A Crown of Swords
The war for humanity's survival has begun. Rand al' Thor, the Dragon Reborn, has escaped the snares of the White Tower and the first of the rebel Aes Sedai have sworn to follow him. Attacked by the servants of the Dark, threatened by the invading Seanchan, Rand rallies his forces and brings battle to bear upon Illian, stronghold of Sammael the Forsaken
Reviewed on 15th November 2009
Book seven in this saga is an interesting one. I thought six had gone downhill and that the story was beginning to drag it's feet, and so waited a few months before continuing with the series. The first half of Crown of Swords followed on immediately from book six in terms of both plot and style.
Jordan seems to have made a bad plan for the storyline at this part of his tale, as it appears to call for Rand, his main character, to sit around doing nothing, and some plot elements seem forced just to give an opportunity for Rand to make an appearance.
I did enjoy some of the appearances by other characters in this one though. I liked that Mat had a lot if the attention, and a nice chunky storyline like Perrin had back in book four, although Perrin almost disappears again like he did back in book five.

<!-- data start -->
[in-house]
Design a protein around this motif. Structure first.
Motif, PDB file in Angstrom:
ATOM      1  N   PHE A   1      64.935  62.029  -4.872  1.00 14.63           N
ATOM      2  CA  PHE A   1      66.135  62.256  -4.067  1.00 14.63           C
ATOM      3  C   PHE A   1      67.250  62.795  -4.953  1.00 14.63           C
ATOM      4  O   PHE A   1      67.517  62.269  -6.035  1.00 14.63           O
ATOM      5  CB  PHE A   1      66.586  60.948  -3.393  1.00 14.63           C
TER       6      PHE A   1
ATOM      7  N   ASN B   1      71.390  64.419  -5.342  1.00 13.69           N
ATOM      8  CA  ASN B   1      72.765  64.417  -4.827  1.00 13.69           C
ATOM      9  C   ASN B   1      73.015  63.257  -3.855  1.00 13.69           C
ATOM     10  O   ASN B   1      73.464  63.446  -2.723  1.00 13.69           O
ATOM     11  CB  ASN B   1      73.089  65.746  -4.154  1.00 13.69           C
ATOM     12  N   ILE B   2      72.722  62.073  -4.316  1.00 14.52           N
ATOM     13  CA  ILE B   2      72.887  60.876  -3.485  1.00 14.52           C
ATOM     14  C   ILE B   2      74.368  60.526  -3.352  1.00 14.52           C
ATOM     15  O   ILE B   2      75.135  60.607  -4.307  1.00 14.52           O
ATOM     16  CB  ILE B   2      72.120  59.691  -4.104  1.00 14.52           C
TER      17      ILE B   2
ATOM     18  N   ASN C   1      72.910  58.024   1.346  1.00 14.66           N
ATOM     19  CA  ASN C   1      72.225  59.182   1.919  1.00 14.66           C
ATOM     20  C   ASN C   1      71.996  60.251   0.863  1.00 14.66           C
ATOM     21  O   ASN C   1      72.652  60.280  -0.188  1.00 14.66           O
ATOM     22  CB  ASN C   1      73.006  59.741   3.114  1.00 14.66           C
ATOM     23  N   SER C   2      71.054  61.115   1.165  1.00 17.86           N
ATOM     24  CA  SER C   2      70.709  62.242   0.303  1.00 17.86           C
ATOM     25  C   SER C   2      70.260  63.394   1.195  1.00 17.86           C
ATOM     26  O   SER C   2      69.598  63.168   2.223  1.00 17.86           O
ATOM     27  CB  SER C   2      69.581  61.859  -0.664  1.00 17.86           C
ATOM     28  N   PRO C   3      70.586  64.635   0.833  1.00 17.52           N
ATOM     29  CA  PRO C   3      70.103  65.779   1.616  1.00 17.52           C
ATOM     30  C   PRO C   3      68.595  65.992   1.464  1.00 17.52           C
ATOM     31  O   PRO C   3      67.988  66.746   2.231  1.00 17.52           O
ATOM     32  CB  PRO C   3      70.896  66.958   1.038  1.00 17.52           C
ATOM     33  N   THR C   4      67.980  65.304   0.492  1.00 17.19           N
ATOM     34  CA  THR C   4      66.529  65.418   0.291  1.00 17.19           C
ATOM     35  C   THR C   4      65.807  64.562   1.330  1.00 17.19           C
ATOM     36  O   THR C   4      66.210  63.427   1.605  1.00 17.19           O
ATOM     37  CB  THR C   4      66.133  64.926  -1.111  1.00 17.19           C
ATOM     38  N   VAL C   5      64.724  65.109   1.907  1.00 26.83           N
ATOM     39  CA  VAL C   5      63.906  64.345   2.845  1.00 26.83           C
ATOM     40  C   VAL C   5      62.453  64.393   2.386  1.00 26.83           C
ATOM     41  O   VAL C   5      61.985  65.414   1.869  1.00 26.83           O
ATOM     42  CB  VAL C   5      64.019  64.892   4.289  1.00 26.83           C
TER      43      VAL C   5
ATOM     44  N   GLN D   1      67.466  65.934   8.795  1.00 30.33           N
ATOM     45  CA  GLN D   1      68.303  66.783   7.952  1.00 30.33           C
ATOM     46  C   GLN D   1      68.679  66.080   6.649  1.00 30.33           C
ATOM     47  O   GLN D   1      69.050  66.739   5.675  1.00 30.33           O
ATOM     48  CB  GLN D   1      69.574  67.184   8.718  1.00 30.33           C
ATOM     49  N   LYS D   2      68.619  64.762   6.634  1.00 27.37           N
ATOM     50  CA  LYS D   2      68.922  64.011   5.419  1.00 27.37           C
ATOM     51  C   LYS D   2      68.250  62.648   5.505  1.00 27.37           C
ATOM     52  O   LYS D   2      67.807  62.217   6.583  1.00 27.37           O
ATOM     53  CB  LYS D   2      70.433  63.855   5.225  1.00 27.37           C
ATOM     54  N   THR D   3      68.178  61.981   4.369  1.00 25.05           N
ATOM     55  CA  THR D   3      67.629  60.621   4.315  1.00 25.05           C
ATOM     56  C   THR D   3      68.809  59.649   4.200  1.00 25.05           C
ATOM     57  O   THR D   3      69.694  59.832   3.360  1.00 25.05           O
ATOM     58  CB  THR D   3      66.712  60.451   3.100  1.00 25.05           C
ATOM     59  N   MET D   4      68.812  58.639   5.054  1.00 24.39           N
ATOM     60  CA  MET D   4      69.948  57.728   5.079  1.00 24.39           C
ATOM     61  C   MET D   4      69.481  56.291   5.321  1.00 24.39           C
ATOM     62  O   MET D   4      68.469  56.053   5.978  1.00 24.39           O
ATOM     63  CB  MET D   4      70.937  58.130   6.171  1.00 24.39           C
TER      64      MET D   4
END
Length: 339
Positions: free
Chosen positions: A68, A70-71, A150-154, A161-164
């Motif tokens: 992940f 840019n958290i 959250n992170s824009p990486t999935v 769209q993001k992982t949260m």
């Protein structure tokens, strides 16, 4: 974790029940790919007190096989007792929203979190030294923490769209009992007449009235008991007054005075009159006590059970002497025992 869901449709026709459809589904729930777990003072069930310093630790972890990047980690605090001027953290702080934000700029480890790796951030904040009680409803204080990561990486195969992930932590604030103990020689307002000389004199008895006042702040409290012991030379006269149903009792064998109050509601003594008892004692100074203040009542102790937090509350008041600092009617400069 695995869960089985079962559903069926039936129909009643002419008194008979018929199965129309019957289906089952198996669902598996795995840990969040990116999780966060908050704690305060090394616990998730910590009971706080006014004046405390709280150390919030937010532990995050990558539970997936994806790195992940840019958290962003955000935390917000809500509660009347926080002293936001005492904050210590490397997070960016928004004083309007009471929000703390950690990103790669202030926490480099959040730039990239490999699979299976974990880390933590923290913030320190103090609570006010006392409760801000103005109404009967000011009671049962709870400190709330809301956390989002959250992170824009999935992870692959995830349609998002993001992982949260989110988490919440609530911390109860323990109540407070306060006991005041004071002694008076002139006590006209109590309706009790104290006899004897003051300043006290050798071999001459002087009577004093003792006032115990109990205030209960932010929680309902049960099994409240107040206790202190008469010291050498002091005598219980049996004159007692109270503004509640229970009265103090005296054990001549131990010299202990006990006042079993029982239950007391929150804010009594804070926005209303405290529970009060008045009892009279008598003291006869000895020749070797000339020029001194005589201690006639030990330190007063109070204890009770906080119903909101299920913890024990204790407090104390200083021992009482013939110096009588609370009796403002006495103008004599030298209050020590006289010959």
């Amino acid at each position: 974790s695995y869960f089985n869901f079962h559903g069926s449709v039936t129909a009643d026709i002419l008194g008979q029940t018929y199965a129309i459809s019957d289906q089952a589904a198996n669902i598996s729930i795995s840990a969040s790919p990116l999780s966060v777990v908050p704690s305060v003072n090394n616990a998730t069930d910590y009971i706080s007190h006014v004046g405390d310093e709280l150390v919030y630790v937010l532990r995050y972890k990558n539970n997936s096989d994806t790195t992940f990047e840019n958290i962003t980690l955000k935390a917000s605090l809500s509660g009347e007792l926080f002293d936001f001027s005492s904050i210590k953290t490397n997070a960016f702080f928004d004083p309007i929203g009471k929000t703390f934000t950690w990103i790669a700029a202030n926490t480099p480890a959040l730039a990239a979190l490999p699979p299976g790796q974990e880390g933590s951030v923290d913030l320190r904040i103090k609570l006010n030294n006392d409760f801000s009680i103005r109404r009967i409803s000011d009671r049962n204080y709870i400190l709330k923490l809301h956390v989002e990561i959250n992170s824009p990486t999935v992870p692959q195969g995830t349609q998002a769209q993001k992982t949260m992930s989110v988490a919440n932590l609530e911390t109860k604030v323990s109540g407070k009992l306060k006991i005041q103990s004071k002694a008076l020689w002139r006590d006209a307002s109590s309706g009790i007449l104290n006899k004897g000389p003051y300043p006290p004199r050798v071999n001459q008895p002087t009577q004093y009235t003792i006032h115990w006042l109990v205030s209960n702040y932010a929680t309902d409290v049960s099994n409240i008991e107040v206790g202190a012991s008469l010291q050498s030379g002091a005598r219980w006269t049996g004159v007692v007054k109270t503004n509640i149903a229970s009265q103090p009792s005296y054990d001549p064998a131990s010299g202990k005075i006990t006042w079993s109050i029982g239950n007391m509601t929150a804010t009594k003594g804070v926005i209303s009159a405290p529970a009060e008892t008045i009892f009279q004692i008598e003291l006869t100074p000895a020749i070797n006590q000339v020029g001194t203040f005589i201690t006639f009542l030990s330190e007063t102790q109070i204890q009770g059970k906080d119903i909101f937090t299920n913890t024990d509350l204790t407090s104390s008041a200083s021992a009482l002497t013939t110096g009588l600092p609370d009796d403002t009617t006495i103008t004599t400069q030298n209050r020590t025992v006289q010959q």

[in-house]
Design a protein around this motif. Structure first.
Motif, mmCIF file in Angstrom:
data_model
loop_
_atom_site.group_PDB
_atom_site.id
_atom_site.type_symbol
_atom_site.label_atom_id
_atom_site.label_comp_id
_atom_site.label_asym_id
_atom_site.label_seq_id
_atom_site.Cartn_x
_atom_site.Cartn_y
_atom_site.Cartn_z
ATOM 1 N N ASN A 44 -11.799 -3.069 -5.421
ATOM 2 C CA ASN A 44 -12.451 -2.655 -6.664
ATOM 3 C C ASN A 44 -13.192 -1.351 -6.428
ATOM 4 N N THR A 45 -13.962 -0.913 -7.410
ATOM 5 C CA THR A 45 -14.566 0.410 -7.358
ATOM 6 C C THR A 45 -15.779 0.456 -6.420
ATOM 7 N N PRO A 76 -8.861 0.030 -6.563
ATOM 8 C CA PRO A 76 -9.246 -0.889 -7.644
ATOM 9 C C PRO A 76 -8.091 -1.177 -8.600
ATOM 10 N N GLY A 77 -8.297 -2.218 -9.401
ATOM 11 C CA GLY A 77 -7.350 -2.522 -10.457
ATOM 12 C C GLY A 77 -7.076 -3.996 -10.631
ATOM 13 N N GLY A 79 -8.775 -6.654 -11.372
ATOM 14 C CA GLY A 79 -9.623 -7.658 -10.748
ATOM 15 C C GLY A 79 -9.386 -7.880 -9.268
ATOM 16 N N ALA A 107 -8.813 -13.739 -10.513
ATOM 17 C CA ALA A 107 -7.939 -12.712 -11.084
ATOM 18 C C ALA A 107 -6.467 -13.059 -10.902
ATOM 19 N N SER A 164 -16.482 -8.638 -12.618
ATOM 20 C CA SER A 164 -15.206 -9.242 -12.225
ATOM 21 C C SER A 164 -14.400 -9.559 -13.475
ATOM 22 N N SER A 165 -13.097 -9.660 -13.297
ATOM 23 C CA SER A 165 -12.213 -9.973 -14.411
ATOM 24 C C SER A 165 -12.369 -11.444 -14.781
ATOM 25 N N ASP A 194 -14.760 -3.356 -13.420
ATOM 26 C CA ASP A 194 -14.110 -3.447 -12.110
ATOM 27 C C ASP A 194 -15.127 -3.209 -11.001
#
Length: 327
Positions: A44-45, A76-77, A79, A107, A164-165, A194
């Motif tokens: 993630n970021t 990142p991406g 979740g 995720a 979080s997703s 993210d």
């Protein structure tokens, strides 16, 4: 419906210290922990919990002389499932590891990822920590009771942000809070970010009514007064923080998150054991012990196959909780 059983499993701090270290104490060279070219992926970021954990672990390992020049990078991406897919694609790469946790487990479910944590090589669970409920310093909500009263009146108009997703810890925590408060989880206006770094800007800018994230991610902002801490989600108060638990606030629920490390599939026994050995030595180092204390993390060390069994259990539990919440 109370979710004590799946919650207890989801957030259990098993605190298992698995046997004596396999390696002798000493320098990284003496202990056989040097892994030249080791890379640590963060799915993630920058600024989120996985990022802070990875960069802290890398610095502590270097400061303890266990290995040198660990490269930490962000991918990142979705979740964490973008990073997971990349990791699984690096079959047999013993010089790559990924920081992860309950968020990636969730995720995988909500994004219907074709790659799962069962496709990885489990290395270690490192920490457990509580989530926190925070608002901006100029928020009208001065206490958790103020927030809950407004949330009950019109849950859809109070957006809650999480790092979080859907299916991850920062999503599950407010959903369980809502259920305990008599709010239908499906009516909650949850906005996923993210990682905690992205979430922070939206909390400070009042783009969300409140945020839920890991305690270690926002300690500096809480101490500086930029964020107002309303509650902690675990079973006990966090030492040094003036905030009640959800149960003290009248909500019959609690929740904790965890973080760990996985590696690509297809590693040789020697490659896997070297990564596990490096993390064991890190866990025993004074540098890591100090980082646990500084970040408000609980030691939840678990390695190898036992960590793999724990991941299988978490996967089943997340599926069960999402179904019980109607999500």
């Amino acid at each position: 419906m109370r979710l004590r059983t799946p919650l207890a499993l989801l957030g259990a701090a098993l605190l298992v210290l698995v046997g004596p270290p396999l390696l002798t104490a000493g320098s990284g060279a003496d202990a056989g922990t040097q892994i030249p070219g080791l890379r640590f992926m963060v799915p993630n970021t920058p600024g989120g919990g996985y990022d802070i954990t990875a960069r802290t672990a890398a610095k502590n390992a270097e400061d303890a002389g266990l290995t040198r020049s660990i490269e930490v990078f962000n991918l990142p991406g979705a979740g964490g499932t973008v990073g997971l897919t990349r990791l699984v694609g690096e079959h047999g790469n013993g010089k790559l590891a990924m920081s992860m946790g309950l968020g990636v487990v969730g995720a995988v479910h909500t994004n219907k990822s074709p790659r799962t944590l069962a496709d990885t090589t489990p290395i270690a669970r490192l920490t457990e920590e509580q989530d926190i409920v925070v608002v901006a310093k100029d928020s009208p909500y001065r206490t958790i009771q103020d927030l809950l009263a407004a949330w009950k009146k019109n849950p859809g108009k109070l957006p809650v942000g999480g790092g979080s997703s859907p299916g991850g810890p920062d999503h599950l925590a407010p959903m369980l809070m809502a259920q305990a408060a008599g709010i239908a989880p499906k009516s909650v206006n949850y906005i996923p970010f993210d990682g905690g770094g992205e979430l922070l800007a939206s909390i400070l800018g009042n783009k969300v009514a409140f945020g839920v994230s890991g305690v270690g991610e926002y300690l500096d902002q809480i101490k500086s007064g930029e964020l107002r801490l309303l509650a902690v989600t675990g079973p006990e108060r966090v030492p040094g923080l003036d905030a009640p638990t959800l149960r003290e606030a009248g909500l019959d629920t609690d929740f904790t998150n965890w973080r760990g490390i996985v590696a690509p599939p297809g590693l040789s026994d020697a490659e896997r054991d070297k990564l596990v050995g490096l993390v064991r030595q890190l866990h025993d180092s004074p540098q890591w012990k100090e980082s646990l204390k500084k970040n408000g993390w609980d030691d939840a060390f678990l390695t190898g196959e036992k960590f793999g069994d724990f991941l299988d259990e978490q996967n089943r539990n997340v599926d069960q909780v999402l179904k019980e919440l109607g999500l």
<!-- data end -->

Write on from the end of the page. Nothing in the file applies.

The second half of this volume is where things start to pick up again, with the action focussing on Mat, Elayne & Nynave as they search an unusual city for a lost artefact. It's really nice to see the characters moved a little out of their comfort zones and their expectations challenged. The presence of some action actually happening for once rather than lots of talk and a tiny battle scene is excellent.
Overall, I am still glad I had a little break before returning to the Wheel of Time, but once the dull first half was fought through this book turned out to be a good read. The fantasy world is beginning to get a little too detailed to remember everything now though so I'm glad that the next book in the set is a 'reference guide'.